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It seems as though a black bear has found the Ivoryton section of Essex to be just the right part of town to take up residency; not too big, not too small, just the right size. This bear was recently spotted at the RiverEdge Condominiums and again a few days later in a backyard on Bushy Hill Road.
“We are recommending that residents follow the usual bear protocol, which is to stay away from the bear, pull your bird feeders in at night, and keep your dogs on leashes when you are in the woods,” said First Selectman Norm Needleman. “Usually bears are not aggressive animals and generally don’t bother humans. They are just looking for food, so don’t feed them. They are not pets.”
He added, “At this point we are not looking to do anything about this particular bear. It seems to have been in the area for a while, in the woods between Essex and Deep River. We put out an email blast about black bear do’s and don’ts and are just alerting residents to stay away from the animals if they see them.”
The town-wide email blast included these suggestions: remove bird feeders and bird food from late March through November, eliminate food attractants by placing garbage cans inside a garage or shed and add ammonia to trash to make it unpalatable, be sure to clean and store grills in a garage or shed after use (propane cylinders should be stored outside), and. as Needleman mentioned, keep dogs on leashes when in the woods.
The don’ts included: don’t intentionally feed bears. Bears that become accustomed to finding food near your home may become problem bears. Don’t approach or try to get closer to a bear to get a photo or video, don’t leave pet food outside overnight, and don’t add meat or sweets to a compost pile.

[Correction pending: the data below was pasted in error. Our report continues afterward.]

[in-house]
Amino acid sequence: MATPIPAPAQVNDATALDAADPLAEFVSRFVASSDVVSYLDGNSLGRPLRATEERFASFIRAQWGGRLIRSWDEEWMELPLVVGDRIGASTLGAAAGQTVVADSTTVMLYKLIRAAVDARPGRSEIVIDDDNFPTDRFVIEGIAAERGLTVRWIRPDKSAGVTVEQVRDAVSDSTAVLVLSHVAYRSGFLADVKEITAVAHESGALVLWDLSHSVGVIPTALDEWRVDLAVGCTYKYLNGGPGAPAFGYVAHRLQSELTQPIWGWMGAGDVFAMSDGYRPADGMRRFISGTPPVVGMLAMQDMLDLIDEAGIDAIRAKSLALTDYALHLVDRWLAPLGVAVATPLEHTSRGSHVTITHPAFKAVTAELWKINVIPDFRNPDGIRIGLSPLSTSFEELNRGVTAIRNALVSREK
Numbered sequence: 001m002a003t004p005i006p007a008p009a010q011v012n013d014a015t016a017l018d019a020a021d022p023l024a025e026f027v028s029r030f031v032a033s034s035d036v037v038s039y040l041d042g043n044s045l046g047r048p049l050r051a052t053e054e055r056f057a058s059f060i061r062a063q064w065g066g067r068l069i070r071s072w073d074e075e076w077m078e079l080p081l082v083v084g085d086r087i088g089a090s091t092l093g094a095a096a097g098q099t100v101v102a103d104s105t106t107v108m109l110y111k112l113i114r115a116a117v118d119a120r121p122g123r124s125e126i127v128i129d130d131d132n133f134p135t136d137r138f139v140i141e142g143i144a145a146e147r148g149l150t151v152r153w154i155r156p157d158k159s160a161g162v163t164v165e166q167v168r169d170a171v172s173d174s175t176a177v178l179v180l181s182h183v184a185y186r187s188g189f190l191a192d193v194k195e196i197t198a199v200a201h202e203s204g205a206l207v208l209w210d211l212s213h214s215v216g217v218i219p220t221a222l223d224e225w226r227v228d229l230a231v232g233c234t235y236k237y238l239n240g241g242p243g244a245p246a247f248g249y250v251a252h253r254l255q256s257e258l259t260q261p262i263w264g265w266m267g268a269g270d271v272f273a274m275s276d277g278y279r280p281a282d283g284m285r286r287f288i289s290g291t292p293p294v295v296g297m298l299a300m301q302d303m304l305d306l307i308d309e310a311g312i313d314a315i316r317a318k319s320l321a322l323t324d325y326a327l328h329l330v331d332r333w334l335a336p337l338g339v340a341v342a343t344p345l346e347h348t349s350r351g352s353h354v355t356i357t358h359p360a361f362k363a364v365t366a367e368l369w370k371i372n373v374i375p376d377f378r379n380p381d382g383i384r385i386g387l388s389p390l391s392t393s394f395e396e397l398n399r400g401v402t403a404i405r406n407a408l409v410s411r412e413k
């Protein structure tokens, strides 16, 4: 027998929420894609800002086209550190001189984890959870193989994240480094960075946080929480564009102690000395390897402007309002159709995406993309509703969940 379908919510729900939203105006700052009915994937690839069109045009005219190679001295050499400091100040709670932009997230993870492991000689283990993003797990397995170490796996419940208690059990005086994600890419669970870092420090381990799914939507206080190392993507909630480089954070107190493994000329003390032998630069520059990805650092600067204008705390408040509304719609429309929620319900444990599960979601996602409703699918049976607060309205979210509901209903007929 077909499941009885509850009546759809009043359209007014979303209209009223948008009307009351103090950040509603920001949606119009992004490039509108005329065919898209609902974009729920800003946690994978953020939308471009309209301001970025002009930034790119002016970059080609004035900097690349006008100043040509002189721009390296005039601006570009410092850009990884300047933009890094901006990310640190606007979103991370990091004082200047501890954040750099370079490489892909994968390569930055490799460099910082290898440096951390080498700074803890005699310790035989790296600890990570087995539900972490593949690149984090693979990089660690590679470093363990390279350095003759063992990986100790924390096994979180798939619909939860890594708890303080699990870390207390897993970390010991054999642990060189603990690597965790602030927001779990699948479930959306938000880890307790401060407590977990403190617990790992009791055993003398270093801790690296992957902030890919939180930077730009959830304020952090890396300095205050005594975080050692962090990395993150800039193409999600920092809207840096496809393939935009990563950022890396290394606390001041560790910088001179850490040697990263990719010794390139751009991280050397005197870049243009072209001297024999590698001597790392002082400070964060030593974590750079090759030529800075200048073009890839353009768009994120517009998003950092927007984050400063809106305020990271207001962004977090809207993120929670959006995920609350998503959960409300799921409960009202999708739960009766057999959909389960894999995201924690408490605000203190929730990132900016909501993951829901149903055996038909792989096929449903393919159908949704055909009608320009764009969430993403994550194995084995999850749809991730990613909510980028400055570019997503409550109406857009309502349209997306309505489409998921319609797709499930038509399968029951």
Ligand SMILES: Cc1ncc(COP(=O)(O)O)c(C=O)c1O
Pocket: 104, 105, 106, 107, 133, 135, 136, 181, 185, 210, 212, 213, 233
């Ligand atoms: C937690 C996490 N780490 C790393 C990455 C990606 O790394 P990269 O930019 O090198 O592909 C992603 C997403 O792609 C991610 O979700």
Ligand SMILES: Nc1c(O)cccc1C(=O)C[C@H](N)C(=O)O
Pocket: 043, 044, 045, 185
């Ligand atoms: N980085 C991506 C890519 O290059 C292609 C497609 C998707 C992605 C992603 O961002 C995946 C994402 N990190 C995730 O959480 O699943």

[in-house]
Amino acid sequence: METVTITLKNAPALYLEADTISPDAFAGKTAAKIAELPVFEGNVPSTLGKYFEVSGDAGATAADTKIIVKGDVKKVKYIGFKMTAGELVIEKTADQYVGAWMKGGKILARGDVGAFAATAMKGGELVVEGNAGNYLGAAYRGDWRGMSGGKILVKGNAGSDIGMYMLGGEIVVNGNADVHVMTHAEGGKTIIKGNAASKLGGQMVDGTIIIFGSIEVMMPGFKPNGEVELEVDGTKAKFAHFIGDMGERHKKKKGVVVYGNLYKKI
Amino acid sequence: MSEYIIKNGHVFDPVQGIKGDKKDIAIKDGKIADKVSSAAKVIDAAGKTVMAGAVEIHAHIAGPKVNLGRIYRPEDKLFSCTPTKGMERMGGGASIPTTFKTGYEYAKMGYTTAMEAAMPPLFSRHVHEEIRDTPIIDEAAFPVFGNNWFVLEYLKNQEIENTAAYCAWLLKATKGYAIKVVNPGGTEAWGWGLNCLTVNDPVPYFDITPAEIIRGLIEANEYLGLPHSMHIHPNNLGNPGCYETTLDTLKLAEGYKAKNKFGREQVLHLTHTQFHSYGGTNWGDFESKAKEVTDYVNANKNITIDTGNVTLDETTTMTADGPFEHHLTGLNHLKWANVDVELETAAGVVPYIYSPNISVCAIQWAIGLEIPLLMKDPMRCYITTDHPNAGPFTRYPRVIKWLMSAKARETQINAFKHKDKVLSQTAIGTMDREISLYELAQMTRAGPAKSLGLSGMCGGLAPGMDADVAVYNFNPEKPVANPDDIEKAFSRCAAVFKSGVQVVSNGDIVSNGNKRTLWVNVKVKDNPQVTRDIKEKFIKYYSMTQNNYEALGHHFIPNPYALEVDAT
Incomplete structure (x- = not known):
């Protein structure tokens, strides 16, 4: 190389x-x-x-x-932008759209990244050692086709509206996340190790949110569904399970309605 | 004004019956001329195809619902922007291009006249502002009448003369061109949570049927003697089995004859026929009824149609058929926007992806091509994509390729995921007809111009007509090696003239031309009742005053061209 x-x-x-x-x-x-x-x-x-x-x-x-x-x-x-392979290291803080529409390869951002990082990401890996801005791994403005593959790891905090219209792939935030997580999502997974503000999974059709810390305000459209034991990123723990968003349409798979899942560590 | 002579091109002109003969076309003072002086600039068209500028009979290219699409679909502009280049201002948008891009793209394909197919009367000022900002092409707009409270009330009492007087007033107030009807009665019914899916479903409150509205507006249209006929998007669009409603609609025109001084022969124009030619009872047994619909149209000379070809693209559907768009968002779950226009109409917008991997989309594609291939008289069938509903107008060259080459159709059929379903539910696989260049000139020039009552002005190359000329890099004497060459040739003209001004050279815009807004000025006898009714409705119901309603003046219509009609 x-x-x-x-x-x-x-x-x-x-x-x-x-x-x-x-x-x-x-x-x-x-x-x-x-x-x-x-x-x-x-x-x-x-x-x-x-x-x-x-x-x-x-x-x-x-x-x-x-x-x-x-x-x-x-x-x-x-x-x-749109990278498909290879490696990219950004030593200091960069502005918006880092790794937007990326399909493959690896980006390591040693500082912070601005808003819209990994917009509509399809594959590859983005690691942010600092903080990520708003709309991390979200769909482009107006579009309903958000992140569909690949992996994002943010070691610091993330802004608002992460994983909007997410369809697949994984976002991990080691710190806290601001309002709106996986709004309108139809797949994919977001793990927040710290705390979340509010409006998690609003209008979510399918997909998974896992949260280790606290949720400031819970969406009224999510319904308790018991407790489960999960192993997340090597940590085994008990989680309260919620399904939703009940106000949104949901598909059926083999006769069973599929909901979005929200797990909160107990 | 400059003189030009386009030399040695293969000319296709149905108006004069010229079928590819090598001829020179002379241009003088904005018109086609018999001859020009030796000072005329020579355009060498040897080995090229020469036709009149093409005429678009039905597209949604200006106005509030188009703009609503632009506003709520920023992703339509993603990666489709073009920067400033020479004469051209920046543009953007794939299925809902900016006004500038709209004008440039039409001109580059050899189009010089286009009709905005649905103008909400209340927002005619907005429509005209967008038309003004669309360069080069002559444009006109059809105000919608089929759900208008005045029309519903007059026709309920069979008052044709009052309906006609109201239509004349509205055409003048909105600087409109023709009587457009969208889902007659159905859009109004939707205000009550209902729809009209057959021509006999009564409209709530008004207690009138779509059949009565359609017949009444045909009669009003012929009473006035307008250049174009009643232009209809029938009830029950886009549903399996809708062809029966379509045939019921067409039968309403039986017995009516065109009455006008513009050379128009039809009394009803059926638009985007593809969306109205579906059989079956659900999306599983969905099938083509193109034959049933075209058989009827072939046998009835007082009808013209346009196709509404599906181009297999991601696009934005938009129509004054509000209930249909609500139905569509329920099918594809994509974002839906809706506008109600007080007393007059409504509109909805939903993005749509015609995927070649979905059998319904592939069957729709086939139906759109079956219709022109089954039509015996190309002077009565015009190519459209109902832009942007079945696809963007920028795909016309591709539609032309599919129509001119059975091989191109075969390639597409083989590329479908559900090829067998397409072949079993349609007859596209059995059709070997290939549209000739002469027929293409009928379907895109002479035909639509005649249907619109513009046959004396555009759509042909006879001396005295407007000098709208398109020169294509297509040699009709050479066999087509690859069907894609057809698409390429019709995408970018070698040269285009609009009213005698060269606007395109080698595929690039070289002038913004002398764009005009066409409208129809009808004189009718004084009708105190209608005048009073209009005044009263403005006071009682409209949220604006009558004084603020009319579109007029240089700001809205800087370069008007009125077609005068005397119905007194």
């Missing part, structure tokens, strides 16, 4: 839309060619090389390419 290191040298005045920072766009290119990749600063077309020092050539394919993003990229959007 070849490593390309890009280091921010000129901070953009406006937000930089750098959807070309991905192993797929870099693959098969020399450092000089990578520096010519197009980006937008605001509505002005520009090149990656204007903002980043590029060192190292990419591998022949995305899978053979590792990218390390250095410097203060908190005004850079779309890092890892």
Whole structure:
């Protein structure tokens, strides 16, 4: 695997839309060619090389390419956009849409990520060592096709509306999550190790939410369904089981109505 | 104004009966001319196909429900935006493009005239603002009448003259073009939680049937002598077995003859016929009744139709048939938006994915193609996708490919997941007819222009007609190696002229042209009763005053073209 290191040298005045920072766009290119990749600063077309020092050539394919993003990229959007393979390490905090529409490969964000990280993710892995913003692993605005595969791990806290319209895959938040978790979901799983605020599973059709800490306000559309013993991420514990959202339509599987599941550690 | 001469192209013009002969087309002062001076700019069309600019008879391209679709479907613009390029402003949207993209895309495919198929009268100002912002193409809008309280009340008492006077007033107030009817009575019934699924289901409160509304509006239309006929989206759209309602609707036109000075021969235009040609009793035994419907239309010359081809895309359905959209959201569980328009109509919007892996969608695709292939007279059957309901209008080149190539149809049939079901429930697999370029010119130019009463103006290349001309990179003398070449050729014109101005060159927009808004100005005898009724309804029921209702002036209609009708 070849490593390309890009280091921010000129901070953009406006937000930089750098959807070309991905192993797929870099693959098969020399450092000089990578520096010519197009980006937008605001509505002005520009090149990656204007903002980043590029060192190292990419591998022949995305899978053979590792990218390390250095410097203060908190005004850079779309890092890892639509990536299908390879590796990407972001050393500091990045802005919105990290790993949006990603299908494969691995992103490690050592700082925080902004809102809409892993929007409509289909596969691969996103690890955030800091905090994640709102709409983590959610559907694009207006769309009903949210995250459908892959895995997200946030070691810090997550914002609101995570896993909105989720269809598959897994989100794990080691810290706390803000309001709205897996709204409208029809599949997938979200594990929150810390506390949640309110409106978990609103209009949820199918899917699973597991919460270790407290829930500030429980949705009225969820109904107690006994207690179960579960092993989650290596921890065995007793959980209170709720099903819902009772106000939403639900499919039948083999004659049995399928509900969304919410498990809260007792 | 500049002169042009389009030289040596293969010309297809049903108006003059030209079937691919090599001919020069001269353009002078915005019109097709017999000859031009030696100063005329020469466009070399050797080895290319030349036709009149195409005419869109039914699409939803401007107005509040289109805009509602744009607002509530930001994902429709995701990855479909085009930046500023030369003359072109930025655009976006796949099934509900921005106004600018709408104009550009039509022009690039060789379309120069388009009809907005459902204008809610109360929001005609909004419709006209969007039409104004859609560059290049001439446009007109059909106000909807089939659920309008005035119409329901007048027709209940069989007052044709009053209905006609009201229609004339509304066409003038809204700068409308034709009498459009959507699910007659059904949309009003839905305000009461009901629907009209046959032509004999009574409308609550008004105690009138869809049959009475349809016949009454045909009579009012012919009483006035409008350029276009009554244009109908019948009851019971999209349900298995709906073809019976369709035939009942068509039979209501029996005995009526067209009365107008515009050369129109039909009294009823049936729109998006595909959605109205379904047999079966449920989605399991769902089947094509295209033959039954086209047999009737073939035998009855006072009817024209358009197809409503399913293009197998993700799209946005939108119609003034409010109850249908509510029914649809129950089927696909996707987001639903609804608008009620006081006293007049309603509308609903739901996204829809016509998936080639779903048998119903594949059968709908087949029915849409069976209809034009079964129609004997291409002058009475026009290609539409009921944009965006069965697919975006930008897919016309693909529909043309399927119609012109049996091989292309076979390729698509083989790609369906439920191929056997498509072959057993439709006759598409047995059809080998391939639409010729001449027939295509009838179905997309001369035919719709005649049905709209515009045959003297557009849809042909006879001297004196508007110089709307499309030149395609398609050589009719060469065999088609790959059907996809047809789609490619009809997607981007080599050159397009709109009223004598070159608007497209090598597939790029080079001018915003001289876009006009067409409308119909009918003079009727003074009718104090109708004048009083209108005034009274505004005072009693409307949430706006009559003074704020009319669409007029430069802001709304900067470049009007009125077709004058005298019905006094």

According to the Department of Energy and Environmental Protection (DEEP)’s website, black bears are becoming increasingly common in Connecticut. Reports of bear sightings, even in heavily populated residential areas, have been on the rise. Between the fall of 2017 and the fall of 2018, more than 7,850 bear sightings in Connecticut were reported to DEEP.
The Wildlife Division has also seen an increase in the number of reported problems with black bears. The primary contributing factor is the presence of easily-accessible food sources near homes and businesses. Bears have an excellent sense of smell so they can find food easily, and bears that associate food with humans can become habituated and lose their fear of humans. Under normal circumstances, bears leave an area once they sense a human and aggression towards humans is exceptionally rare.
The DEEP website suggests that if a bear is seen in your neighborhood, leave it alone. In most situations, if given an avenue for escape, the bear will usually wander back into more secluded areas. Often a bear will climb a tree to avoid people. A crowd of bystanders will only stress the bear and also add the risk that the bear will be chased into traffic or the crowd of people.
Bear history in the state reports that by the mid-1800’s there were no black bears left in Connecticut. However, they began to make their way back into the area sometime in the 1980s.
For more information, contact the DEEP Wildlife Division at 860-424-3011 or DEEP Dispatch at 860-424-3333.
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